So many great ideas. To many to mention. At first I was confused by your uncoupling, but then figured out you were using the European couplers. Until I saw your video I didn’t realize their advantage uncoupling over Kadie stile couplers. Again, so much great info.

  18. Bill Roberts says:

    Martin, I am in awe! I am sure it took you more than a week to figure all of that out. I would assume that you are an EE because your thinking is way beyond my degree. We should buy you a can of green paint to go between all those tracks. Now I am inspired to go beyond just an oval.

  19. Robert D. Bouskill says:

    I love the photo of the clear train table with a cup of coffee. To me that is the end. Pure perfection. Might add one exceptional model for study.

  20. Ed Lustigman says:

    Very clever, wish I had that kind of imagination. Thanks for sharing great ideas

  21. Lorne Hope says:

    Beautiful layout. Excellent yard and traverser system. You gave me some great ideas. Well done.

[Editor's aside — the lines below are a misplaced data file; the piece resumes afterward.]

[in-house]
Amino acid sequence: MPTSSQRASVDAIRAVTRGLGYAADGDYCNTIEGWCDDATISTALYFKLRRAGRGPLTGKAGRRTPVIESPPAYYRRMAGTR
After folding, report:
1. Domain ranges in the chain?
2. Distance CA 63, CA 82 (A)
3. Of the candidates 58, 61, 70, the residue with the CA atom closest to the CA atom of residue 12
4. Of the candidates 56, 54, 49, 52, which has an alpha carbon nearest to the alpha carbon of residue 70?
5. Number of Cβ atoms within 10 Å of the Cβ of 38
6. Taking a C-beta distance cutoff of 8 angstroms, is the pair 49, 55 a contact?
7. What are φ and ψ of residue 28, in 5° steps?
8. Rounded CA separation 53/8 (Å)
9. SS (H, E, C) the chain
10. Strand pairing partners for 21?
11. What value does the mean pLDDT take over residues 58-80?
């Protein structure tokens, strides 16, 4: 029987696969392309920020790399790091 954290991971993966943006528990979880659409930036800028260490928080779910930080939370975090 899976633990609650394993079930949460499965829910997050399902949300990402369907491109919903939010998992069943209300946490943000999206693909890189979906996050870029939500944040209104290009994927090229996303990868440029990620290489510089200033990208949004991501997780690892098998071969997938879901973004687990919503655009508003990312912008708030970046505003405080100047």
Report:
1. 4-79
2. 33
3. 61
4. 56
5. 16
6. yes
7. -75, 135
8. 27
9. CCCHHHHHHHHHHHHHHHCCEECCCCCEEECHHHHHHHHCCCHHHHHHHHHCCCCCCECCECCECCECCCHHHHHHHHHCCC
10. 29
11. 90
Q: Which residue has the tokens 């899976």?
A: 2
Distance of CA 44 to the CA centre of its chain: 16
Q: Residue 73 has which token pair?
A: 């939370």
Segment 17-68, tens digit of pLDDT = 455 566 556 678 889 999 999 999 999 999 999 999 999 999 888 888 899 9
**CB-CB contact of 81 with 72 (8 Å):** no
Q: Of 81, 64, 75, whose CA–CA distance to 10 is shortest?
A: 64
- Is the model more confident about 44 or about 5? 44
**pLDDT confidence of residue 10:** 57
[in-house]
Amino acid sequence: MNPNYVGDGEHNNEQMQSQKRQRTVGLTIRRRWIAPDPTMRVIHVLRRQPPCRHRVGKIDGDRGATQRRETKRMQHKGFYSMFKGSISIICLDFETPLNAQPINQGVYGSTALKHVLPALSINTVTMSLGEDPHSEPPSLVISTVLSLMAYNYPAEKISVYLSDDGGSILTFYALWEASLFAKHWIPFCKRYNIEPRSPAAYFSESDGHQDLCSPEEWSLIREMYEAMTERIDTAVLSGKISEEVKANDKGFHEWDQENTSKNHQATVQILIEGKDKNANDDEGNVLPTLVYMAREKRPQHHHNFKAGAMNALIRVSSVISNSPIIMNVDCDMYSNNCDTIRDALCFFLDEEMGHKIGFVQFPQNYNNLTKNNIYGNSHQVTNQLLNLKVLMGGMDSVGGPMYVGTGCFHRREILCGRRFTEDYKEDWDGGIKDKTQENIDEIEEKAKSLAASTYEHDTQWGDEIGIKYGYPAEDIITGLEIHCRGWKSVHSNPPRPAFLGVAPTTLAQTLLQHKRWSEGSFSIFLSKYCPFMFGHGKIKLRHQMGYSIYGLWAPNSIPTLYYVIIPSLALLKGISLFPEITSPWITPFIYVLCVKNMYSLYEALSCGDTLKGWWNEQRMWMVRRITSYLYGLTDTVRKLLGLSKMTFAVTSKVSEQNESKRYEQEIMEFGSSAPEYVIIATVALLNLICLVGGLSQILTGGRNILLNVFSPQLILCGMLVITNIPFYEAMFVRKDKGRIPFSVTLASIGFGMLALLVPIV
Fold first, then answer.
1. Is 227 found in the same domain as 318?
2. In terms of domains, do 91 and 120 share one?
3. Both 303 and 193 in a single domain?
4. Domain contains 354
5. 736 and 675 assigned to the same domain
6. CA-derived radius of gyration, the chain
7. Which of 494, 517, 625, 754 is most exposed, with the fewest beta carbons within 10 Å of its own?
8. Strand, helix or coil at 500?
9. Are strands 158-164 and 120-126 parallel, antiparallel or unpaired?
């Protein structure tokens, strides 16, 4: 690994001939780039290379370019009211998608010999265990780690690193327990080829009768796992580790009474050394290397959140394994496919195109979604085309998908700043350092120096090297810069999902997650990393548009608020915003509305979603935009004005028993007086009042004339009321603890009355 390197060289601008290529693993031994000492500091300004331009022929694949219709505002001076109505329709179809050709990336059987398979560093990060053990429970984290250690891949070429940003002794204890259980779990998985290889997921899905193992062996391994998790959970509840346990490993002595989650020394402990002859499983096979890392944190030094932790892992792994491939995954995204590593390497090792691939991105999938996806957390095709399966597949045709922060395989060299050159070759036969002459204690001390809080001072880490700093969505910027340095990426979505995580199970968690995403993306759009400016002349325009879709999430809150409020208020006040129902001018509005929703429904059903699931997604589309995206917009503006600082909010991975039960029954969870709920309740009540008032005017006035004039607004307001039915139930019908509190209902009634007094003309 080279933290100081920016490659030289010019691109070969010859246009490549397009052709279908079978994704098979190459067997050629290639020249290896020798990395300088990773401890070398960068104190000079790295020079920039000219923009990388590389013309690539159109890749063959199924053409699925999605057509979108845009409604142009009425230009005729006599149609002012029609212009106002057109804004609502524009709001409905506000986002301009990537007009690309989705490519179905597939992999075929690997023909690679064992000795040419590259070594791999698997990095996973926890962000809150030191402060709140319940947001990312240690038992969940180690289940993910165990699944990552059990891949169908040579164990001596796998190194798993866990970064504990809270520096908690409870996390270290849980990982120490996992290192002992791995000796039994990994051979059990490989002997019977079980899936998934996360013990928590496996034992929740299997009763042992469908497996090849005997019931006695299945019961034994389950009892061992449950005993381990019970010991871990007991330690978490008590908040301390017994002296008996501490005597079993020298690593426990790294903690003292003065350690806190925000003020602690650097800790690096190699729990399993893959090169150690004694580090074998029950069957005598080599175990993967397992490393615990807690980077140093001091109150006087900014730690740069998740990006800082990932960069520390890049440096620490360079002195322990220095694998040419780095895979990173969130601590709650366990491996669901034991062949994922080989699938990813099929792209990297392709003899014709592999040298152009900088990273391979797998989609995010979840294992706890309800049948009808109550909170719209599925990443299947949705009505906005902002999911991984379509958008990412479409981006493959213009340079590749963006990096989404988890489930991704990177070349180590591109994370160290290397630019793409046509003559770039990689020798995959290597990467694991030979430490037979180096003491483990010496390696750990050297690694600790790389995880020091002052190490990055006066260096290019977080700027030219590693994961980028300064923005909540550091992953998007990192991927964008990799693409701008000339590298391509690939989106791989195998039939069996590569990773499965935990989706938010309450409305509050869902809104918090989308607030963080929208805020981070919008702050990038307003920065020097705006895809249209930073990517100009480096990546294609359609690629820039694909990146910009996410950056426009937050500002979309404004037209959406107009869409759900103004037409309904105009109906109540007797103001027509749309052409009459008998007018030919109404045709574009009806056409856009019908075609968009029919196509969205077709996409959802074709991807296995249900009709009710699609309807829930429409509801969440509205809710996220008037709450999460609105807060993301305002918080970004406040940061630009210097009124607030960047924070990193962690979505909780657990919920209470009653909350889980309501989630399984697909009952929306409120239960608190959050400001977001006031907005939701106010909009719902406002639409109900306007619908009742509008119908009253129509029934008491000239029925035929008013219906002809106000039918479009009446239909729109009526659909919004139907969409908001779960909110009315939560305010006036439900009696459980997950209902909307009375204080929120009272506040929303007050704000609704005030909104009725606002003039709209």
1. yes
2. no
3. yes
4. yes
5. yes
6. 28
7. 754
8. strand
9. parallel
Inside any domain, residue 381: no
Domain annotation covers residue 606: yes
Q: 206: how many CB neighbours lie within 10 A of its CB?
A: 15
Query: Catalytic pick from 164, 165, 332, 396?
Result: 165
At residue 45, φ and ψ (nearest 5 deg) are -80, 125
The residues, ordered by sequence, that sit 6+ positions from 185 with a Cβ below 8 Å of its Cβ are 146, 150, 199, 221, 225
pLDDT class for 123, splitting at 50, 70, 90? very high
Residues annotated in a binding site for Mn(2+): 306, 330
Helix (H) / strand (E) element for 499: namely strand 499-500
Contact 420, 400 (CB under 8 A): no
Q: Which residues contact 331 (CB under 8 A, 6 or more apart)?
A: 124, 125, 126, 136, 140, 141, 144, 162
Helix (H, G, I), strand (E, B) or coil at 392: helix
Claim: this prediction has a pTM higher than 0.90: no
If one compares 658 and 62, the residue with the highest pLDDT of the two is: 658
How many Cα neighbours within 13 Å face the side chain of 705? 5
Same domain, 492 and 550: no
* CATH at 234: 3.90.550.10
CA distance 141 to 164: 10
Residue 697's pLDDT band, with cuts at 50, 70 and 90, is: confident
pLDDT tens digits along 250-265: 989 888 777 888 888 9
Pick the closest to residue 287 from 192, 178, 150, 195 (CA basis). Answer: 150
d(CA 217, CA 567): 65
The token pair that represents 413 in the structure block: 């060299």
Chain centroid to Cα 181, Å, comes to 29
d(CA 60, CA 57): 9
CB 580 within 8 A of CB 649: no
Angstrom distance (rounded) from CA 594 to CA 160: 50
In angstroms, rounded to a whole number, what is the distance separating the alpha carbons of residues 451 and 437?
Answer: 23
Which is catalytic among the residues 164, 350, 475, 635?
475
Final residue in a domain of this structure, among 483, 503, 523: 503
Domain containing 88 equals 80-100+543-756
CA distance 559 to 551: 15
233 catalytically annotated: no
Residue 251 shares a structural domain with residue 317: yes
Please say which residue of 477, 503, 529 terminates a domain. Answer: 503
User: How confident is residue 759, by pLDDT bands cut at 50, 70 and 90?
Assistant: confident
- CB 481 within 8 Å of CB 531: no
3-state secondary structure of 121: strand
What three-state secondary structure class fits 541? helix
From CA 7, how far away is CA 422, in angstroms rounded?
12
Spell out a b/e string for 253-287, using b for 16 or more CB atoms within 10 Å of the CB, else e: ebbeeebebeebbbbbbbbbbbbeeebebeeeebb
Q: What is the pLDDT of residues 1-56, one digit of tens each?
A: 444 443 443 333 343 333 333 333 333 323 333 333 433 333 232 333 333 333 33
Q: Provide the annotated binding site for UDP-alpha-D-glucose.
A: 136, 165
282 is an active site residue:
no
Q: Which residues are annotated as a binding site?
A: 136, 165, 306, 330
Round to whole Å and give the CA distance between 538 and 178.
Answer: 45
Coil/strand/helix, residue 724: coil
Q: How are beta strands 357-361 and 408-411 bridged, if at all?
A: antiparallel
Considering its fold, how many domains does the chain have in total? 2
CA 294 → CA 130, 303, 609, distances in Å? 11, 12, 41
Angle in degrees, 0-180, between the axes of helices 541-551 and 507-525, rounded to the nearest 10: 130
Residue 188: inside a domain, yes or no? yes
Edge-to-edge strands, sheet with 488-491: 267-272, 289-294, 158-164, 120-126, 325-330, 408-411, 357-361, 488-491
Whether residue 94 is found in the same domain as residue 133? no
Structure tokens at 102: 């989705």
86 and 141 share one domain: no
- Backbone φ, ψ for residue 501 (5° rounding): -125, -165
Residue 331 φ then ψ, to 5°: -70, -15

22. Doug says:

    Very slick improvement in the sorting of rolling stock. I wish I had thought of it. I will try to implement on a layout. My thoughts are currently leaning towards the type of trackage control systems used in Philadelphia’s AMTRAC 32nd Street control station. They have a wall display of their entire trackage control area showing REAL-TIME switch and movable bridge positioning with control room controls as well as engine and rolling stock positioning plus inventory. I have been working on building a control system using the XTrac layout application on a laptop. Have a few things working but not an entire layout. In progress.

  23. Alabama Mike says:

    Martin, your ideas and talent are amazing ! What a fantastic layout. I can’t wait to see more of your ideas.